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Single European Market

14. Mr. Eric Forth (Bromley and Chislehurst): When he next plans to meet the German Chancellor to discuss the European single market; and if he will make a statement. [99957]

The Minister of State, Foreign and Commonwealth Office (Mr. Keith Vaz): My right hon. Friend the Foreign Secretary has no plans to meet the German Chancellor to discuss the single market.

The single market has created a wider market for United Kingdom goods, comprising 380 million consumers and constituting 40 per cent. of world trade. Such a huge market gives consumers greater choice, and the greater competition and liberalisation of the single market has helped to achieve lower prices. The single market provides for better consumer protection; gives United Kingdom citizens the right to work, study or retire in all the other member states; and has significantly reduced export bureaucracy for business.

The Government have provided significant input into the Commission's new single market strategy, which is due to be endorsed by the Helsinki summit. The strategy reflects United Kingdom priorities for the single market, including utilities legislation.

Mr. Forth: I welcome the Minister back to Westminster from his bus trip, with his funny friend,

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to try to stir up Euro-fanaticism among the excited population. However, why has the Secretary of State for Foreign and Commonwealth Affairs chosen not to have any discussions with the German Chancellor on the single market? On the face of it, it seems that German companies are rightly free to come here and, when the market thinks it appropriate, to take over British companies, whereas the German Chancellor seems perversely to take the view that United Kingdom companies should have no reciprocal right to take over, or merge with, German companies. Does the Minister think that that is not only a bit peculiar and unbalanced, but a direct violation of the single market which he has just been so lavishly praising?

Mr. Vaz: I thank the right hon. Gentleman for his kind comments about my bus. I am sorry that he was not able to join us--some Conservative party members were on the Eurobus with us, and it was an enormous success. His comments on the single market dealt with commercial matters, and decisions on them will have to be made commercially between companies. The Government have no intention of interfering in those commercial decisions.

Mrs. Gwyneth Dunwoody (Crewe and Nantwich): I have listened carefully to my hon. Friend's comments. However, in my constituency, the reality is that a number of major German companies have taken over the largest employers, including Rolls-Royce motors. That could be said to be a commercial matter, and there were no political objections to it, but some of us might have liked to have seen rather more effort going into objections. However, that did not happen. Is my hon. Friend aware that that is not the case in the response of German Ministers?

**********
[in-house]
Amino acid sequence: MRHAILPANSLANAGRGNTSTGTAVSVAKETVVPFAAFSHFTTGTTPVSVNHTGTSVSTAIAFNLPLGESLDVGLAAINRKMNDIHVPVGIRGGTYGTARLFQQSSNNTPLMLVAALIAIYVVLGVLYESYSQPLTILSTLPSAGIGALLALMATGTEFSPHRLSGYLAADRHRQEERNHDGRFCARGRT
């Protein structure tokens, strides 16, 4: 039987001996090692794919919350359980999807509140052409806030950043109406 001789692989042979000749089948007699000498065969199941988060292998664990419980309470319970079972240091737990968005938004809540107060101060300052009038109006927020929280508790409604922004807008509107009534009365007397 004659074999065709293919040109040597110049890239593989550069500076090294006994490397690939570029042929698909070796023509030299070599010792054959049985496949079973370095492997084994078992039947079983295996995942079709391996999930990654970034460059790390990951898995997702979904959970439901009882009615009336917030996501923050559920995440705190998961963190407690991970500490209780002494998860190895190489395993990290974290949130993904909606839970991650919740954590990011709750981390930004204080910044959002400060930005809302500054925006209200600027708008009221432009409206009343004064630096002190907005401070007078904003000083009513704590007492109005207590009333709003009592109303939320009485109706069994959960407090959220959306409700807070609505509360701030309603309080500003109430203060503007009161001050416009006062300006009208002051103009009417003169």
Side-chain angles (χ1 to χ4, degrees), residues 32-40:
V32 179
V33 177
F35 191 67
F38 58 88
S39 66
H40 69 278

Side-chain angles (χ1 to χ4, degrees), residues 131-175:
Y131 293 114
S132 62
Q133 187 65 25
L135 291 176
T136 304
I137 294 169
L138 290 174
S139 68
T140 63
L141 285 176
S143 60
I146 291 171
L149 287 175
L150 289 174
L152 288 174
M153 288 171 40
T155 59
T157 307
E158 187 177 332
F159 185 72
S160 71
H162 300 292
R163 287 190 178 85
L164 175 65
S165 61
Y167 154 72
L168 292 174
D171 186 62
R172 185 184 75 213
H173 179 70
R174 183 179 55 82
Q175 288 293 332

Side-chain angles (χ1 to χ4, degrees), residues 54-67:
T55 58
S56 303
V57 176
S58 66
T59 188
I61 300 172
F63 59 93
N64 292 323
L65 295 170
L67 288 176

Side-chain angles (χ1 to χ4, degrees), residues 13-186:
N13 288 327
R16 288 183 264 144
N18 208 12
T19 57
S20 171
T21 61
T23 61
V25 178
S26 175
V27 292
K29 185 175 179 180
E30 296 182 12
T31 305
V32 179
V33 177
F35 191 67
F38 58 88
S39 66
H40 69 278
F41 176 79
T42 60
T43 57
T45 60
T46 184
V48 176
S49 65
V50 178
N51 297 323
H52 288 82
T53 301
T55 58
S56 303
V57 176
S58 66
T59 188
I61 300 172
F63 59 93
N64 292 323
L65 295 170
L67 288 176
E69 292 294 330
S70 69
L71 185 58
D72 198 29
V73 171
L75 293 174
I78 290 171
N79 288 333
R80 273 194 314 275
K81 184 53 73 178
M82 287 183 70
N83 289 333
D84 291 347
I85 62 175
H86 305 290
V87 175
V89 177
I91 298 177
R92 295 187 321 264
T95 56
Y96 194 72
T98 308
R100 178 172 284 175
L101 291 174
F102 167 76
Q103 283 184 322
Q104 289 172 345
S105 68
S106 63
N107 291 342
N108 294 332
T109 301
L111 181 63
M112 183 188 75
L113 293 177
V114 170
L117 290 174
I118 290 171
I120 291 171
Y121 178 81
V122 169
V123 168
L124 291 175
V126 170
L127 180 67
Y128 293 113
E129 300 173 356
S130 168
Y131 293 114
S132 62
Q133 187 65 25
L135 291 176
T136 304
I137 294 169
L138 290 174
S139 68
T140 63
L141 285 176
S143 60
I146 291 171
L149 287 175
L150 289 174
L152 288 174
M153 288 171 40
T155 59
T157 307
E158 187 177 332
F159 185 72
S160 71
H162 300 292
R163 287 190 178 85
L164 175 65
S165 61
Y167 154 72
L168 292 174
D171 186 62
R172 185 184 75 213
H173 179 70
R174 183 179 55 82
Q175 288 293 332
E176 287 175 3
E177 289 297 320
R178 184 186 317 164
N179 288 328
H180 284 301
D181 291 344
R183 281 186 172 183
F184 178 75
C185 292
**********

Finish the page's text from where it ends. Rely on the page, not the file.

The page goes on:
Mr. Vaz: I can assure my hon. Friend that the United Kingdom benefits enormously from being part of the single market. There are 700,000 British businesses in the European Union. It is also very important that we should understand that 3.5 million jobs are dependent on us being involved and being part of the single market and the European Union, and that we shall continue to prosper for being part of it.

Iran

16. Mr. Tom Brake (Carshalton and Wallington): What plans his Department has to improve Britain's relations with Iran; and if he will make a statement. [99960]

The Minister of State, Foreign and Commonwealth Office (Mr. Peter Hain): Our policy is to encourage the reforms already under way in Iran while pressing for

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improvements in those Iranian policies that are of concern. We hope that the Iranian Foreign Minister, Dr. Kharazzi, will visit in the new year, and that the Foreign Secretary will visit Iran in the spring. The permanent under-secretary for the Foreign and Commonwealth Office visited Tehran on 28 November.

Mr. Brake: I thank the Minister for his response. When he is having discussions with the Iranian authorities, will he consider the fate of the 13 members of the Jewish community who are detained in Iran? Will he also perhaps raise some very specific issues--such as whether the prisoners are in fact being given access to their families and to kosher food; whether the prisoners will have access to adequate legal representation, if there is a trial; and whether international observers will be allowed at any trial?